Micah prophesied between 750 and 687 bc. He was a contemporary of Amos and Isaiah.
Micah’s words were an indictment against the rich, the avaricious money lenders, swindling merchants, families divided by rivalry, and all petty tyrants and bureaucrats, whether dressed as judges or rulers, priests or prophets. They were the very antithesis of the divine ideal he preached, namely, “to deal justly, to love tenderly, and to walk humbly with God.”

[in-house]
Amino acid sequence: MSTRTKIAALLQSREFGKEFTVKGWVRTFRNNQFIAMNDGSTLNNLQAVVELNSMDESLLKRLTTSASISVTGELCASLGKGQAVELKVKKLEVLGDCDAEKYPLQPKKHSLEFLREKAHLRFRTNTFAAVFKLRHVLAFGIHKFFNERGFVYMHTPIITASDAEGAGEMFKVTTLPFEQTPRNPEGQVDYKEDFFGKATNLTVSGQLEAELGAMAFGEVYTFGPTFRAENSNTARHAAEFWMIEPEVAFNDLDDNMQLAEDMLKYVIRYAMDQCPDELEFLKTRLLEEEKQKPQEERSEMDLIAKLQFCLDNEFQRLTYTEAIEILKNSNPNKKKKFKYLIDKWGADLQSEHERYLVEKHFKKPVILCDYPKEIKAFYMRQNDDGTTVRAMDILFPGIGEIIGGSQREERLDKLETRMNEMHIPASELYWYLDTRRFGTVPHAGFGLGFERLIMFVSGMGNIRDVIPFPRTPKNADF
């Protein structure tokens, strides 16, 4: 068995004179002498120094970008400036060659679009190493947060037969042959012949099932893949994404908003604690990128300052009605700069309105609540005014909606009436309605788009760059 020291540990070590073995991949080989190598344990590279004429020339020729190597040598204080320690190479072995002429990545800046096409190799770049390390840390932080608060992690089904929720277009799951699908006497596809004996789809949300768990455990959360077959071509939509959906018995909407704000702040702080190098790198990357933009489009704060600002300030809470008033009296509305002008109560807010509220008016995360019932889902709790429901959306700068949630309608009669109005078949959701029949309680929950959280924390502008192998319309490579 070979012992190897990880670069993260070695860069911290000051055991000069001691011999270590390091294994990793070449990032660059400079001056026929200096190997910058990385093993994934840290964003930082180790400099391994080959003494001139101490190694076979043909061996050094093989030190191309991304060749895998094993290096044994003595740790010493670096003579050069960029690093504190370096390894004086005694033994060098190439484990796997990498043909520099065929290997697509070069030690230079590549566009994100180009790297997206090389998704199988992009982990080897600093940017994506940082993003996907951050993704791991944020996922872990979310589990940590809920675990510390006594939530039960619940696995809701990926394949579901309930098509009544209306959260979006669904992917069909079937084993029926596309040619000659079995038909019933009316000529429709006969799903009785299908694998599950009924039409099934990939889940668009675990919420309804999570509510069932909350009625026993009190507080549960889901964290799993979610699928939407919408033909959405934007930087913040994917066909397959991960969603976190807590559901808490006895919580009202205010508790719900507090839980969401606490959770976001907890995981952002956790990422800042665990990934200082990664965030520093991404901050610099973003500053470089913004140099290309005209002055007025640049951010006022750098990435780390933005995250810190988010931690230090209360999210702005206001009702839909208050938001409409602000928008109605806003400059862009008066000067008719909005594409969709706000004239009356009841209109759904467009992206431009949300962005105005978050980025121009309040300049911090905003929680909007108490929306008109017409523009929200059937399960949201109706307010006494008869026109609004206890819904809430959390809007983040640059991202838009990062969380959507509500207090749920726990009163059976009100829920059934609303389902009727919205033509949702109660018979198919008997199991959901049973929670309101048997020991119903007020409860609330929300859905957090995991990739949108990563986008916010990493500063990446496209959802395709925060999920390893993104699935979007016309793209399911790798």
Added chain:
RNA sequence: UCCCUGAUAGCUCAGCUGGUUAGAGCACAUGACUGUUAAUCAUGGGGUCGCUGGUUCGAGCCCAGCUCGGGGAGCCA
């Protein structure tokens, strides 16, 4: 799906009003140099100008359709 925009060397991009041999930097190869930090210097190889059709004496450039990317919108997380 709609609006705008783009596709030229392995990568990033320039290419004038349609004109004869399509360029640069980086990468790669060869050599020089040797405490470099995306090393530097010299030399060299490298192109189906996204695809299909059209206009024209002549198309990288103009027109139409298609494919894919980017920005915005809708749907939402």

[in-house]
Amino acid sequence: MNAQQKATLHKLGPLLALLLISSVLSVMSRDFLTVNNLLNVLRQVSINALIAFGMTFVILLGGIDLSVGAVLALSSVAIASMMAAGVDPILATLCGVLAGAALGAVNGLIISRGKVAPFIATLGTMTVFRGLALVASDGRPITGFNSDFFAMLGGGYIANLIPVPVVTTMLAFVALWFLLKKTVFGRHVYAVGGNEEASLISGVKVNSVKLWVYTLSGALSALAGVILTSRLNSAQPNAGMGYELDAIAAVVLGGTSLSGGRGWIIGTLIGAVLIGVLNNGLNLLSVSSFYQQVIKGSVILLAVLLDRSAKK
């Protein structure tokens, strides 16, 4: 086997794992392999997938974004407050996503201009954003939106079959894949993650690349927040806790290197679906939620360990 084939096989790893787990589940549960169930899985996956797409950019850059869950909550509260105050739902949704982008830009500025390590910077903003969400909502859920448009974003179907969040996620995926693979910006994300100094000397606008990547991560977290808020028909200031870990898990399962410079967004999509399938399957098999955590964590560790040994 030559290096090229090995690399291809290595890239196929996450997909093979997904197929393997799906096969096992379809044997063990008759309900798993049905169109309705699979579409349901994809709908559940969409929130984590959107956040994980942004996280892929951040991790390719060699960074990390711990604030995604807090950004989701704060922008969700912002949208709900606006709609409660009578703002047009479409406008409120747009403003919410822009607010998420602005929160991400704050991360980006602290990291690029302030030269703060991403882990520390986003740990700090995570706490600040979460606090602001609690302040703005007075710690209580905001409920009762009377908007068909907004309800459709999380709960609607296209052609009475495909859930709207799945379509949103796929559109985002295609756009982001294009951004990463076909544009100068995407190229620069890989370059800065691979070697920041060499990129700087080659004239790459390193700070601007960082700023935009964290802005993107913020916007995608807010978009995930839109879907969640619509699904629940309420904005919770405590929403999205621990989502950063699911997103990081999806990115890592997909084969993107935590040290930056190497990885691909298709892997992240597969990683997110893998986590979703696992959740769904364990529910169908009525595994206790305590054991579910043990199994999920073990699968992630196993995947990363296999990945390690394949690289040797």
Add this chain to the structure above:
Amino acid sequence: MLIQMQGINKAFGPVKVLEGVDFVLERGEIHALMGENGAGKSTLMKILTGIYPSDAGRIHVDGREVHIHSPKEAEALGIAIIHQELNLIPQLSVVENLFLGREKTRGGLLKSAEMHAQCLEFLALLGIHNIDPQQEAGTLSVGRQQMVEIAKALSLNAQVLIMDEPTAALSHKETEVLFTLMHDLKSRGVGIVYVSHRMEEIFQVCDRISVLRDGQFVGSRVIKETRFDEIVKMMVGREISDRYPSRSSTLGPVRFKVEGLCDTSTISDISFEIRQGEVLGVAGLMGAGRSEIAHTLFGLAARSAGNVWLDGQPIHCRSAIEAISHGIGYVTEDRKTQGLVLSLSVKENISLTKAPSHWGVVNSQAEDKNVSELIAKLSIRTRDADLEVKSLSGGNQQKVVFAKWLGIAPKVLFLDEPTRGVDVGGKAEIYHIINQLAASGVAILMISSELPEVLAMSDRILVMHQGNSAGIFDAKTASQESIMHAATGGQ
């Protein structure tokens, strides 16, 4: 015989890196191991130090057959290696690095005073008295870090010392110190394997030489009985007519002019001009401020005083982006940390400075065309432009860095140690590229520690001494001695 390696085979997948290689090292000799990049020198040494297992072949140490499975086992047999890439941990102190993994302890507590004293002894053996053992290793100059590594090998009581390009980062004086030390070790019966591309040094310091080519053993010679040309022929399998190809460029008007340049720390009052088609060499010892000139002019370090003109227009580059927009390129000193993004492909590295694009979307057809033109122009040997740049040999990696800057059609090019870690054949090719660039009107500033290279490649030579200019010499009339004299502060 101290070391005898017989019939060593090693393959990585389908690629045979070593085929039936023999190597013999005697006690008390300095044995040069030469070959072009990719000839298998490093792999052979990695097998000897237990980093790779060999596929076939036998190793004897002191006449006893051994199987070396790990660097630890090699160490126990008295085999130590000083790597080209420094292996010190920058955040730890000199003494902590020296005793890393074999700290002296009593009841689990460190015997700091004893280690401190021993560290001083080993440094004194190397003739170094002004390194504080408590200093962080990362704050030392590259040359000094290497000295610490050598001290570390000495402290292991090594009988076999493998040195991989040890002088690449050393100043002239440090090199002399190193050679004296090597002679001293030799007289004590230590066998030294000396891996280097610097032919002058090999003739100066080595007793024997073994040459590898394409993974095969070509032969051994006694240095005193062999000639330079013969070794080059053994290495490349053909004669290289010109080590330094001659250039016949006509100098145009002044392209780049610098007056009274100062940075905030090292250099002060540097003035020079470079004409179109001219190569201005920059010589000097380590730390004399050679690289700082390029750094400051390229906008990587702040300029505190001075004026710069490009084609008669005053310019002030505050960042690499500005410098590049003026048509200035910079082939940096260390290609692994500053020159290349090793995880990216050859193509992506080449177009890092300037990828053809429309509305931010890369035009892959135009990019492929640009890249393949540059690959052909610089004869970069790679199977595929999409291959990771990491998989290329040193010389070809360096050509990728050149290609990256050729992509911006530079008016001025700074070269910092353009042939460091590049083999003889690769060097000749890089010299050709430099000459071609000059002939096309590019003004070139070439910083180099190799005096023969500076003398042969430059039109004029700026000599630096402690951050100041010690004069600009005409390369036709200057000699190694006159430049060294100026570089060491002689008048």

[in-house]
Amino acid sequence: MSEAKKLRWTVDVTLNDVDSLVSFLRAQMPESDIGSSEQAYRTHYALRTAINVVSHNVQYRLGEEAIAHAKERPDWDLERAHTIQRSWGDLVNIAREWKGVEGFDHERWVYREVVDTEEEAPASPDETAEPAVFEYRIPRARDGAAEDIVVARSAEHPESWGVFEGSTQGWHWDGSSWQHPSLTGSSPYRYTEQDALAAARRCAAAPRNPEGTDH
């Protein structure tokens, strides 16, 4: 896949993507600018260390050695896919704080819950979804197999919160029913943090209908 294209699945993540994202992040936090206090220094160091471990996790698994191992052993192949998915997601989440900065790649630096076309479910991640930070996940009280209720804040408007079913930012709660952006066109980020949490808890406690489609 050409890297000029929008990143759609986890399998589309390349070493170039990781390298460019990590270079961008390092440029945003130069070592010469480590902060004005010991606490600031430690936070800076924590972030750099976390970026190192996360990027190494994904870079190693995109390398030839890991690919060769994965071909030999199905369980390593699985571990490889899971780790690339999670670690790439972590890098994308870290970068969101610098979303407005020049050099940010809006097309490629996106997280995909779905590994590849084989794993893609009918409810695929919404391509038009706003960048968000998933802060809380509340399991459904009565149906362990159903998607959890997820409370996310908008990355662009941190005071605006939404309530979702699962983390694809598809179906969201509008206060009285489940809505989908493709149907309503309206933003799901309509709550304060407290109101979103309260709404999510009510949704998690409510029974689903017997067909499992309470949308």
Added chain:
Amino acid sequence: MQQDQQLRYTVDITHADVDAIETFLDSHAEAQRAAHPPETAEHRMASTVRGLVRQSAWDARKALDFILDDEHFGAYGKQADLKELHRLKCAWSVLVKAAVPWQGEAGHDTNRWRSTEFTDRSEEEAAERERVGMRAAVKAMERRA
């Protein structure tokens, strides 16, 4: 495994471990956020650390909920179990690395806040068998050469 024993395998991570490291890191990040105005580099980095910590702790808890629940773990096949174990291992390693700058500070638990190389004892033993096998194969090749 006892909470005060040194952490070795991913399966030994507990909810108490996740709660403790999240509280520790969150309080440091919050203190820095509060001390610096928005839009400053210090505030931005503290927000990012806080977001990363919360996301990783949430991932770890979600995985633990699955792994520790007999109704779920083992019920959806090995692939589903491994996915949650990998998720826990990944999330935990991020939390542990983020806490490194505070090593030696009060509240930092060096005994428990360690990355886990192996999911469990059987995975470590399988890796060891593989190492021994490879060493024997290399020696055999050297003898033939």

Failure to do these things, Micah warned, will bring punishment. He specified the destruction of Samaria and the fall of Jerusalem, but he also held out a hope for the faithful remnant. He described the birth of a peaceful king who will pasture the flock of the Lord. Micah foretold that this event would take place in Bethlehem of Ephratah, which was known as “the least of the clans of Judah.” (NS)